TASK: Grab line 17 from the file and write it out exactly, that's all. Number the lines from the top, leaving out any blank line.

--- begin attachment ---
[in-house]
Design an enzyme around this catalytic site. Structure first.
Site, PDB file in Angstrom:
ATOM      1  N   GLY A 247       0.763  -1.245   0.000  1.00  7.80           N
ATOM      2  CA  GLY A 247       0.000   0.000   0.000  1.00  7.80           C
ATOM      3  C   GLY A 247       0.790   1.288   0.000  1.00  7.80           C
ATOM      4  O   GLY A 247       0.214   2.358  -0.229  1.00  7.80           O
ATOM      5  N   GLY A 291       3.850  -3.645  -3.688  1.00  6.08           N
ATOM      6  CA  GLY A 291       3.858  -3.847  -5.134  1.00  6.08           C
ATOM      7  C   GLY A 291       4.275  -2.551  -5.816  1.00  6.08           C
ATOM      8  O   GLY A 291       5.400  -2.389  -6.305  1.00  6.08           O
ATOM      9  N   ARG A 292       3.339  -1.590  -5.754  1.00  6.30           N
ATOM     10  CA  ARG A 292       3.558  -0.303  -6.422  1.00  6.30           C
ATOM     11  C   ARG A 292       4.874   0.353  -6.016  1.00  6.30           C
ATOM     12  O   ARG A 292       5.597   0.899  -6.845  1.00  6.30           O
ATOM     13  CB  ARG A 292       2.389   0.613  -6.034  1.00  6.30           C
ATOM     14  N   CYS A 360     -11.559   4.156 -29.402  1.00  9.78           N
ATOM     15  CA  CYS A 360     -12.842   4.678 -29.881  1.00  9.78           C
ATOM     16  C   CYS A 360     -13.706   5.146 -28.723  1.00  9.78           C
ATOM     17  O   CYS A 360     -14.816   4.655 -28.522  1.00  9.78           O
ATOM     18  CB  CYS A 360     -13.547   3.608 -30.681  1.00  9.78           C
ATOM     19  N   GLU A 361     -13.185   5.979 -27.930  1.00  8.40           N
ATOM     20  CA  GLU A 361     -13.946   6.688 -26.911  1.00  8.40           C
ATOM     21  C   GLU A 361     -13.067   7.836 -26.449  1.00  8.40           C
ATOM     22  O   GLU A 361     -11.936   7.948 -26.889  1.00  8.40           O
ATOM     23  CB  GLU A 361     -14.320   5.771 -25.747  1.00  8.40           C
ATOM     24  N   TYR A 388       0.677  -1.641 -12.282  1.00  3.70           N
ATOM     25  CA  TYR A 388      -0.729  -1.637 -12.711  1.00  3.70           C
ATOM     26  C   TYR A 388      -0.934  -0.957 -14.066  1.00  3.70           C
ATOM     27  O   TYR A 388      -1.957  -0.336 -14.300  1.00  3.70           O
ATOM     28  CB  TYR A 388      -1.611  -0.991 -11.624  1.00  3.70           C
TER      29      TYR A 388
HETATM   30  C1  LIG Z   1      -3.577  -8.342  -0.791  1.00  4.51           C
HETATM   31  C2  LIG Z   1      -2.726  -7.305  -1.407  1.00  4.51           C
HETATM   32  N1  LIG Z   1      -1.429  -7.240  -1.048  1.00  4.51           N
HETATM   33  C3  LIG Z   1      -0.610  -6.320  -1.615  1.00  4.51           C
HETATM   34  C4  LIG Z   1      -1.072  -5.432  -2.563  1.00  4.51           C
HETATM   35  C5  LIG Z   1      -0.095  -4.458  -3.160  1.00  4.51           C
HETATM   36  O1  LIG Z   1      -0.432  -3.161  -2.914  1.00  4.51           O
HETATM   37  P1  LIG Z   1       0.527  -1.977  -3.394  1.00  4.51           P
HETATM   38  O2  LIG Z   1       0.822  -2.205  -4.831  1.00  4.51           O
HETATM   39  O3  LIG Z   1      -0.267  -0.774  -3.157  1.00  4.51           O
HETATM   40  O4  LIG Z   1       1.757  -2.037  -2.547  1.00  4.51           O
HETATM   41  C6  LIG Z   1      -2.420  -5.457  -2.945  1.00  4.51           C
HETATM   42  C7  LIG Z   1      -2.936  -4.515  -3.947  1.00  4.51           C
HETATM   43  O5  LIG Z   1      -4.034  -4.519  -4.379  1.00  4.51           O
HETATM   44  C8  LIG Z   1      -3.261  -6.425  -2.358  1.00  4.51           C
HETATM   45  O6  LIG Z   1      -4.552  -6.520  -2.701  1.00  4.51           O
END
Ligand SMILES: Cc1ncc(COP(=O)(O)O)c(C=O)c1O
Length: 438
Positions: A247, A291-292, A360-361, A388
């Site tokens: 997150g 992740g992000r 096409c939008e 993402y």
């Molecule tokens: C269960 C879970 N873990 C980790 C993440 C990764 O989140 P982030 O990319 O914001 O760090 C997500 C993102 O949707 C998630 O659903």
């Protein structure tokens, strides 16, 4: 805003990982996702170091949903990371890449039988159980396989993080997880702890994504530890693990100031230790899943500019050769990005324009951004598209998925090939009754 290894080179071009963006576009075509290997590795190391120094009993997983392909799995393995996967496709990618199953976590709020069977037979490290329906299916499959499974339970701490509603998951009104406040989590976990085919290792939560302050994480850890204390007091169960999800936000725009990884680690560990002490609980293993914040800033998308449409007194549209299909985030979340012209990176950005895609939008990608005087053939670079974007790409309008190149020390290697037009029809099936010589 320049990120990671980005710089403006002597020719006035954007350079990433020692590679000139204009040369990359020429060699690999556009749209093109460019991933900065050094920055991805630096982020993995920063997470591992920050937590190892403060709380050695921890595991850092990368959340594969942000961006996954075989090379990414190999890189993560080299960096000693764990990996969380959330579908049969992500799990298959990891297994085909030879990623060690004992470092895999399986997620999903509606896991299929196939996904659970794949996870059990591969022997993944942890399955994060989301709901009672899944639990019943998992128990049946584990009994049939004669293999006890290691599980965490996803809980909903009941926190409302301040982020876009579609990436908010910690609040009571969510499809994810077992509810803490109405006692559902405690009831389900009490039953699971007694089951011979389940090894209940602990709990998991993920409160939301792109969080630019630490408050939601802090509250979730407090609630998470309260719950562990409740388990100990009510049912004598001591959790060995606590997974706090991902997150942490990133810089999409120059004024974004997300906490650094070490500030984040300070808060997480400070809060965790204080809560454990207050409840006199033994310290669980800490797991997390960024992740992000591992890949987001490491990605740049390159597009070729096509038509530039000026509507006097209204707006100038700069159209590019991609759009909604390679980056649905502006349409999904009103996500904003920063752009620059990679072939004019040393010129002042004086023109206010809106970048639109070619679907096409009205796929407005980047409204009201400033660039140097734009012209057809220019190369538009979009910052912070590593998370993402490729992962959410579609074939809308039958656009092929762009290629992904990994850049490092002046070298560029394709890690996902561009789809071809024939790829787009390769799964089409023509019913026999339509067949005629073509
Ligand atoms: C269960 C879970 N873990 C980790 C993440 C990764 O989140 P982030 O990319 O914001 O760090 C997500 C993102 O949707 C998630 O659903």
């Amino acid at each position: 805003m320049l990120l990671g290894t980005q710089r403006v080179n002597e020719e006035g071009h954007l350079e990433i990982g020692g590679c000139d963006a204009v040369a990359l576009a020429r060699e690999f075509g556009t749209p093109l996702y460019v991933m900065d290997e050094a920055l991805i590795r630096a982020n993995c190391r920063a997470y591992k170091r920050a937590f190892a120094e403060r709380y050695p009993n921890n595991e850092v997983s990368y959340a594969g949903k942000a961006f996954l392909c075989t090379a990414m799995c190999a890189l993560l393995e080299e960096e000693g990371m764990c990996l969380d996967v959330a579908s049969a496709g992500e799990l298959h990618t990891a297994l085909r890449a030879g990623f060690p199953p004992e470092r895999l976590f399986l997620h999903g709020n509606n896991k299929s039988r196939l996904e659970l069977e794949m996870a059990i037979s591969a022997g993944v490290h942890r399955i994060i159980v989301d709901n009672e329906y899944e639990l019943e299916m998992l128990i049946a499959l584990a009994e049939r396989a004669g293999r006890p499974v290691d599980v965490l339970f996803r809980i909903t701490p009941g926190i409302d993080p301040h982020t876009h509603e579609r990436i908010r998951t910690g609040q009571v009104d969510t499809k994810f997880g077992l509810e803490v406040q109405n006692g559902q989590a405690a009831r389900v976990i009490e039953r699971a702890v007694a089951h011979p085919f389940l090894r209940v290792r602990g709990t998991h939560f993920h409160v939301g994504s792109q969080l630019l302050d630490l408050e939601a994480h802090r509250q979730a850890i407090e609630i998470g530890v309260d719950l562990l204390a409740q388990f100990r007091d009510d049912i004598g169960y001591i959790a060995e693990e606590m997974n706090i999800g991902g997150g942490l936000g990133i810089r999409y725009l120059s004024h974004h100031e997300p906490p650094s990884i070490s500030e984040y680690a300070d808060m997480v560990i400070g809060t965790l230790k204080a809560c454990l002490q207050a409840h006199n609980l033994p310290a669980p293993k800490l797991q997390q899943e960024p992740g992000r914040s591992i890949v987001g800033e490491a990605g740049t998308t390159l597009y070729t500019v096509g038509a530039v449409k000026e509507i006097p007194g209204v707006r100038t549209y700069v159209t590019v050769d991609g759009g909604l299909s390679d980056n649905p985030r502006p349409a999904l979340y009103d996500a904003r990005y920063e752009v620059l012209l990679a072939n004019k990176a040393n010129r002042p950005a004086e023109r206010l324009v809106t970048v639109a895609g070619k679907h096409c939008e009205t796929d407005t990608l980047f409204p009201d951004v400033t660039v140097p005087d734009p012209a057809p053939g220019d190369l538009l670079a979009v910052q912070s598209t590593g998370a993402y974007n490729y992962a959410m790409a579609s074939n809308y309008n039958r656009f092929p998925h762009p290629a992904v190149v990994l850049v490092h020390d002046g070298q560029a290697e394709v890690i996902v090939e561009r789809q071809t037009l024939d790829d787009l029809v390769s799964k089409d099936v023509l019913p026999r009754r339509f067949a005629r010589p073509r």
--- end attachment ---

ATOM     14  N   CYS A 360     -11.559   4.156 -29.402  1.00  9.78           N